MH: While I am MBC’s only full-time employee (I am its Managing Editor, Head Researcher & Writer), I am certainly not its progenitor. That credit belongs to Rachel Barton Pine, who describes her development of the project as an outgrowth of her 1997 album, Violin Concertos by Black Composers of the 18th and 19th Centuries. Within the overwhelming response to this album by students, parents, and teachers she kept hearing the question, “how can I find music by Black composers for my kids/students to learn?” She soon realized how difficult access really is, especially with student-level repertoire. So she established MBC in order to make repertoire and other resources more readily available for those people who were already seeking it, and to raise awareness in others who don’t even know yet they ought to be learning about these composers and playing their music.
What are the main goals of your work, and how have you accomplished them thus far?
MH: MBC’s stated mission is “to inspire Black students to begin and continue instrumental training by showing them that they are an integral part of classical music’s past as well as its future; to make the music of Black composers available to all people regardless of background or ethnicity; and to help bring greater diversity to the ranks of performers, composers, and audiences, and help change the face of classical music and its canon.”
To these ends, we’ve begun supplementing the current instrumental training methods by publishing books of music exclusively by Black composers from around the world. In addition to making the repertoire available, MBC’s books educate through articles and interviews. Each volume includes biographies for every composer, features on Black classical music making throughout history, and profiles of Black role models in classical music, past and present. MBC’s Violin Volume 1 was published in October 2018, and Violin Volume 2 is scheduled to be released this year (2021). Forthcoming are a collection for carillon (compiled and edited by the University of Michigan’s Assistant Professor Tiffany Ng), as well as series for viola, cello, bass, and eventually woodwinds and brass.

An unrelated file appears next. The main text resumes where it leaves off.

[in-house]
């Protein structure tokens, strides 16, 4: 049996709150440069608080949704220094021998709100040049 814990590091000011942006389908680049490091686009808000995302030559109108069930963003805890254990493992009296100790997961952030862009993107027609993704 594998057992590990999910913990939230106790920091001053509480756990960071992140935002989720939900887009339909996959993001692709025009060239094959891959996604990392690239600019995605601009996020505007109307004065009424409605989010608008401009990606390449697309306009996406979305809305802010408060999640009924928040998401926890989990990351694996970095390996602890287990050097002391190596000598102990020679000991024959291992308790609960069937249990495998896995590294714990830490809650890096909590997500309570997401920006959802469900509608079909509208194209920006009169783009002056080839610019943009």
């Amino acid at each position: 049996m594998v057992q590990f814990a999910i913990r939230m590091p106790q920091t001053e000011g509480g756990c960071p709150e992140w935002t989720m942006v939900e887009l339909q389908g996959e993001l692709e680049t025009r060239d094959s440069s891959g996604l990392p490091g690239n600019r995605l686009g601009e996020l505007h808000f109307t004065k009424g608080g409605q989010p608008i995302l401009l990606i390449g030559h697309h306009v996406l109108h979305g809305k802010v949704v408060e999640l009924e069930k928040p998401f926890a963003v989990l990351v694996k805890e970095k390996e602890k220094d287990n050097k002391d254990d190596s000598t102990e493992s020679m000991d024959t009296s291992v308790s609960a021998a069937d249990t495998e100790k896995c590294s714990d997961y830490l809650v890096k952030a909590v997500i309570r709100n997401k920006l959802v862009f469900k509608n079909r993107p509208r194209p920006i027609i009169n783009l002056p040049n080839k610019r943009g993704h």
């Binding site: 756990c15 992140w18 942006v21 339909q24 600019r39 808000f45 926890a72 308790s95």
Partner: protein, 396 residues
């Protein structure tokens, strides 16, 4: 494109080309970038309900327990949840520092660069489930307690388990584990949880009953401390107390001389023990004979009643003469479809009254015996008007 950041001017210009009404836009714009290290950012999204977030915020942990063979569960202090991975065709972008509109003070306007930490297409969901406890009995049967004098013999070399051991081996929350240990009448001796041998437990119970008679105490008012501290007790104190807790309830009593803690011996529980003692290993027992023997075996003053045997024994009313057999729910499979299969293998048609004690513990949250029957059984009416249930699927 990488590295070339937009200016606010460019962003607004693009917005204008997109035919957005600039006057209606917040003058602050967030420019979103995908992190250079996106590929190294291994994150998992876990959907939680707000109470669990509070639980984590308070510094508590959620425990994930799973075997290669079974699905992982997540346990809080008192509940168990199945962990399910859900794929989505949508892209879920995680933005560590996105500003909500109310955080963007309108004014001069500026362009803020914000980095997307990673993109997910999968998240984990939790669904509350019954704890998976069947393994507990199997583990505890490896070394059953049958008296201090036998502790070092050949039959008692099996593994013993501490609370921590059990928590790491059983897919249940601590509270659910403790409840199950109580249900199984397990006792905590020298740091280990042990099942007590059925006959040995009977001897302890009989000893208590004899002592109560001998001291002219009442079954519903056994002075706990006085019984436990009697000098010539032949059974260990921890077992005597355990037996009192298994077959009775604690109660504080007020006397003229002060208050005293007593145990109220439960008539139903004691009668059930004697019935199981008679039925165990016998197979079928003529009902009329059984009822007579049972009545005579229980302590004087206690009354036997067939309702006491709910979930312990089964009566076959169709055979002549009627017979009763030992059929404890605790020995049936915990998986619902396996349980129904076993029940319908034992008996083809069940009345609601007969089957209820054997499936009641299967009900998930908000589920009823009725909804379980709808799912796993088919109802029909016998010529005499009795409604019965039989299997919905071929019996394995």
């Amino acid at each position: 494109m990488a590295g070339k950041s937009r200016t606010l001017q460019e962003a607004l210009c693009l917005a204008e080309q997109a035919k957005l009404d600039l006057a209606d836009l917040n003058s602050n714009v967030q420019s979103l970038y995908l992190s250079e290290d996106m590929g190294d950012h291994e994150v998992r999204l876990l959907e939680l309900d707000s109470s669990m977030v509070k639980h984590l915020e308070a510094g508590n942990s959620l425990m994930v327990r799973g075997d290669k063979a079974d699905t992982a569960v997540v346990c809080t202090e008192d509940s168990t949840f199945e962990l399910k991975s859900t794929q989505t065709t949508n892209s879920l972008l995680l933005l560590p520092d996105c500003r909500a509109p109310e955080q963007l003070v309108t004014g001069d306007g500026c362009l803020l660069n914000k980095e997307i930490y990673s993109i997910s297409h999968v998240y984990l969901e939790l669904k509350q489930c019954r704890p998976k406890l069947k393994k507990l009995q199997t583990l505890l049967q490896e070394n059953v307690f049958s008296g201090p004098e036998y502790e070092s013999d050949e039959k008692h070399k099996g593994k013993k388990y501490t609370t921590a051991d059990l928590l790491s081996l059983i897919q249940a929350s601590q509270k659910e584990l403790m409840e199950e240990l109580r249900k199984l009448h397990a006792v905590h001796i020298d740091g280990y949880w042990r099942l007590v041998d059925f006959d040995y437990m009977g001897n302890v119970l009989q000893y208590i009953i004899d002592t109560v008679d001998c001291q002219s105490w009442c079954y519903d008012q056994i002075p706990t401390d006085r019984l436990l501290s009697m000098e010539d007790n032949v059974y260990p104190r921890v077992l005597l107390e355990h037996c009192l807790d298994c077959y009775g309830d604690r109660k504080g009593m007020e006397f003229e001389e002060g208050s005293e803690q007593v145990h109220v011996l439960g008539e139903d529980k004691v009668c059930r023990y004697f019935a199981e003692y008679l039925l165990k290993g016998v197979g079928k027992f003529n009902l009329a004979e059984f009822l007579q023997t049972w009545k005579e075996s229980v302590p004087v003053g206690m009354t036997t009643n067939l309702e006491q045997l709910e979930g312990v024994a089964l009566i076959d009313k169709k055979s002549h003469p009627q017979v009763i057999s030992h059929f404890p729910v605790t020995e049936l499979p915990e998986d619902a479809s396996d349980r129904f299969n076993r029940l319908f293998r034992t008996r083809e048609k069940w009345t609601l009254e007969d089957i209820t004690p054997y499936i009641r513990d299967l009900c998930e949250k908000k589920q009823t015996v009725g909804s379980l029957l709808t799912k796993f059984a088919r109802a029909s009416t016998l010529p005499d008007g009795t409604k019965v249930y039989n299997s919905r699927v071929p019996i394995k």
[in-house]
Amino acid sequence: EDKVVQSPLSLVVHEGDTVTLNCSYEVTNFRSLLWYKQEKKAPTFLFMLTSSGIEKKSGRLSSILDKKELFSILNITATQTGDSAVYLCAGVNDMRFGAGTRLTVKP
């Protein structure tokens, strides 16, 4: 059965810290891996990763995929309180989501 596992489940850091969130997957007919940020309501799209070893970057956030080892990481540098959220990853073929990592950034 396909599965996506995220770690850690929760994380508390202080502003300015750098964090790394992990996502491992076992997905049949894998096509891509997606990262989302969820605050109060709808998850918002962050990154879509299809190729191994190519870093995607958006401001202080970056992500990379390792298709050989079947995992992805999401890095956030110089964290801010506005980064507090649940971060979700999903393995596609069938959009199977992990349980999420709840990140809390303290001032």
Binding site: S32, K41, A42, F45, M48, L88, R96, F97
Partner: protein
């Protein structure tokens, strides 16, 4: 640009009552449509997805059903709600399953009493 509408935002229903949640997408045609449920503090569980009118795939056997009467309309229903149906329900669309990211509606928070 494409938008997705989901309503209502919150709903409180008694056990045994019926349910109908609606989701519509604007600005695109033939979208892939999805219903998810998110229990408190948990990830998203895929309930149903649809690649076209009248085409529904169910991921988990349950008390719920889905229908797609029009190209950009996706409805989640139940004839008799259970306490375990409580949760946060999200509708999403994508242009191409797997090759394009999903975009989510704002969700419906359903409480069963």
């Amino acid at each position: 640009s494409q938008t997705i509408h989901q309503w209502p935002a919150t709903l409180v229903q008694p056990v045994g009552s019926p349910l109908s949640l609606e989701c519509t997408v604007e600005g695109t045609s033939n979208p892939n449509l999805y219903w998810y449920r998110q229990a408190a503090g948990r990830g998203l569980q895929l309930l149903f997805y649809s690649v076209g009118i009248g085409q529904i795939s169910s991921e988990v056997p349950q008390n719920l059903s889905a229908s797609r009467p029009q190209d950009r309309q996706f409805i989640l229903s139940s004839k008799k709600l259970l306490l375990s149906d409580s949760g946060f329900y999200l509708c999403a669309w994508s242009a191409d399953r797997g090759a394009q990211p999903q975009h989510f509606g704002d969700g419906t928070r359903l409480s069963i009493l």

We also have other educational and informational resources for students, performers, and members of the broader community. We have published a coloring book that features 40 of the most important Black composers from the eighteenth to the twenty-first centuries, and a timeline poster that features more than 300 Black composers—including women and men from the 1700s to the present day, hailing from all continents around the world. We are also creating online repertoire directories which will provide information about and access to works written by Black composers. Our other online resources include a bibliography of publications about Black classical music making, a discography, a list of children’s books about Black classical music making, a list of podcasts and radio programs, resources on diversity in music theory, and directories of historic and living composers for those commissioning new works or simply seeking information.
How do you see the future of this project? What do you hope this will accomplish?
MH: Beyond what I’ve already described as our mission/goals, we’re hoping to provide resources and information to the community so that there is no longer any excuse for Black composers and their music to remain an unspoken part of the classical music story. Racist historical/societal forces have played a role in keeping these names and faces out of our history books, and these composers’ music unpublished and unplayed. We’re working to increase access and knowledge, and, in doing so, change the community’s expectations within the broader classical music culture over time.
Have you encountered any obstacles in going about this project?
MH: It cannot be stressed enough that funding is an ongoing challenge. MBC is entirely donor-funded, and our work can only be done with financial support from the community. We do not bring in enough royalties from our publications to sustain our work, and it is only with donations that we will be able to complete all of our planned projects and initiatives.